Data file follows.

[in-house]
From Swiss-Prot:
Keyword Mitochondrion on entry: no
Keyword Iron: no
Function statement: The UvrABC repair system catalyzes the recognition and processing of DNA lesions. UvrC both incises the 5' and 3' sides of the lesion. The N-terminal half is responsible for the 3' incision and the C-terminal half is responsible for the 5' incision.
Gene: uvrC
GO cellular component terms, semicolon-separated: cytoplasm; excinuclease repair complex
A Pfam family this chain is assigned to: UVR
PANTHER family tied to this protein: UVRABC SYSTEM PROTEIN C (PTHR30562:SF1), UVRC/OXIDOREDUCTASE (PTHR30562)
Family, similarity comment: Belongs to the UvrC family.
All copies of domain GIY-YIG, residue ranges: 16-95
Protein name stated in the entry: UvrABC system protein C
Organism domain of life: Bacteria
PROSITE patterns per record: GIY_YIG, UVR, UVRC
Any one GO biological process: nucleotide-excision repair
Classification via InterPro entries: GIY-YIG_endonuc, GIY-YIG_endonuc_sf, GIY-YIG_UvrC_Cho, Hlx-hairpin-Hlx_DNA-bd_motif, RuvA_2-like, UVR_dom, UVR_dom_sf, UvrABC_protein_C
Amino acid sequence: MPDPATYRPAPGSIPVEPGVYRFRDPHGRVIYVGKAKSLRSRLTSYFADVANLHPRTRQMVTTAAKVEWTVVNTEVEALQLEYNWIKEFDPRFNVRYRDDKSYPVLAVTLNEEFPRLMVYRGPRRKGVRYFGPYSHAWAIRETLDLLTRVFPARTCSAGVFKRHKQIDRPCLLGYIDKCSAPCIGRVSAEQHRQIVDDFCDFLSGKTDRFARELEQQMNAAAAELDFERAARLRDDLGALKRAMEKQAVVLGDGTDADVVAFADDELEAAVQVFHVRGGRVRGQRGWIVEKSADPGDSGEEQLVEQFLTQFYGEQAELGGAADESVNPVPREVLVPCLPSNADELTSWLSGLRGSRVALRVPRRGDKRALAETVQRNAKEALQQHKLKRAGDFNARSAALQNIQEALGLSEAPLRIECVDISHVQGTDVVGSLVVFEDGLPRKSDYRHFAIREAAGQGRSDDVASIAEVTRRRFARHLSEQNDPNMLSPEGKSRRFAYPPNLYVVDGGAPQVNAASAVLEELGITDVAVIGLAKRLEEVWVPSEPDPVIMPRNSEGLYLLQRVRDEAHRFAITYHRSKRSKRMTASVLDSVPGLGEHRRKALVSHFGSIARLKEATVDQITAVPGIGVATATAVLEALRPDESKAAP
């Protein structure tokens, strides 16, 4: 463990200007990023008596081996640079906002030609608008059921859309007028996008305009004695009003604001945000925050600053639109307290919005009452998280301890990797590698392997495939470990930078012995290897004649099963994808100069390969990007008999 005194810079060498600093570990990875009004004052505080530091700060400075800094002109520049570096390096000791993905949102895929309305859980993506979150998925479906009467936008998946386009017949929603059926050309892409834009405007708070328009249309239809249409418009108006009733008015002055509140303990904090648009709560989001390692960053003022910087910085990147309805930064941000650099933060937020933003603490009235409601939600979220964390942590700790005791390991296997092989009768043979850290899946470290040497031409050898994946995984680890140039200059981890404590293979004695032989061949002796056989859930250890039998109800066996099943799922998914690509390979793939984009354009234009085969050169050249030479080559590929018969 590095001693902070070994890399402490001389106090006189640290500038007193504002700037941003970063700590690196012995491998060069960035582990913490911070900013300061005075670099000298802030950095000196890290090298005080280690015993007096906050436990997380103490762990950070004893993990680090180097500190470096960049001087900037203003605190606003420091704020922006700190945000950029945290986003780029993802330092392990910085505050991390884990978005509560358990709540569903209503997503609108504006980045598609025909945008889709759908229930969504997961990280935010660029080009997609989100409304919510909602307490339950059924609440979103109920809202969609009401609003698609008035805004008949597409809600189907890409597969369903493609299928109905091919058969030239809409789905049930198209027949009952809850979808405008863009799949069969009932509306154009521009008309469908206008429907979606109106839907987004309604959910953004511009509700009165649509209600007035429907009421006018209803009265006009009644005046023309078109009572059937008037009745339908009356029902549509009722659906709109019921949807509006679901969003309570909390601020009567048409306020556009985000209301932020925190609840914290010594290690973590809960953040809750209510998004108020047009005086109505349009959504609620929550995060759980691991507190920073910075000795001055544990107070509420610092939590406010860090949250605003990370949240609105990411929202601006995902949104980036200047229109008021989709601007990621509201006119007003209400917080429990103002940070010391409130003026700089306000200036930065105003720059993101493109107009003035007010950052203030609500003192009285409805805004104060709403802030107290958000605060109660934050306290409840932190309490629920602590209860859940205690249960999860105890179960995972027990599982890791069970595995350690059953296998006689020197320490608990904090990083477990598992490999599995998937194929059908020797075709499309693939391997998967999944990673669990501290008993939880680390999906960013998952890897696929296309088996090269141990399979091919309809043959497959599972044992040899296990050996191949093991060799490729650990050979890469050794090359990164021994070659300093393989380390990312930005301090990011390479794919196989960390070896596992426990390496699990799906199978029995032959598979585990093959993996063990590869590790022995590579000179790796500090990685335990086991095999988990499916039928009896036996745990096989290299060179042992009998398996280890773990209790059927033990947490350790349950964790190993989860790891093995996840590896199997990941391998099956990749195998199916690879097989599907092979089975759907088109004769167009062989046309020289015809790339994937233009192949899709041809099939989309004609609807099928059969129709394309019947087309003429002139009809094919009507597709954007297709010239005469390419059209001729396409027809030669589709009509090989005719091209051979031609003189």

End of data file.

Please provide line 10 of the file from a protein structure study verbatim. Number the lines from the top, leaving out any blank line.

Family, similarity comment: Belongs to the UvrC family.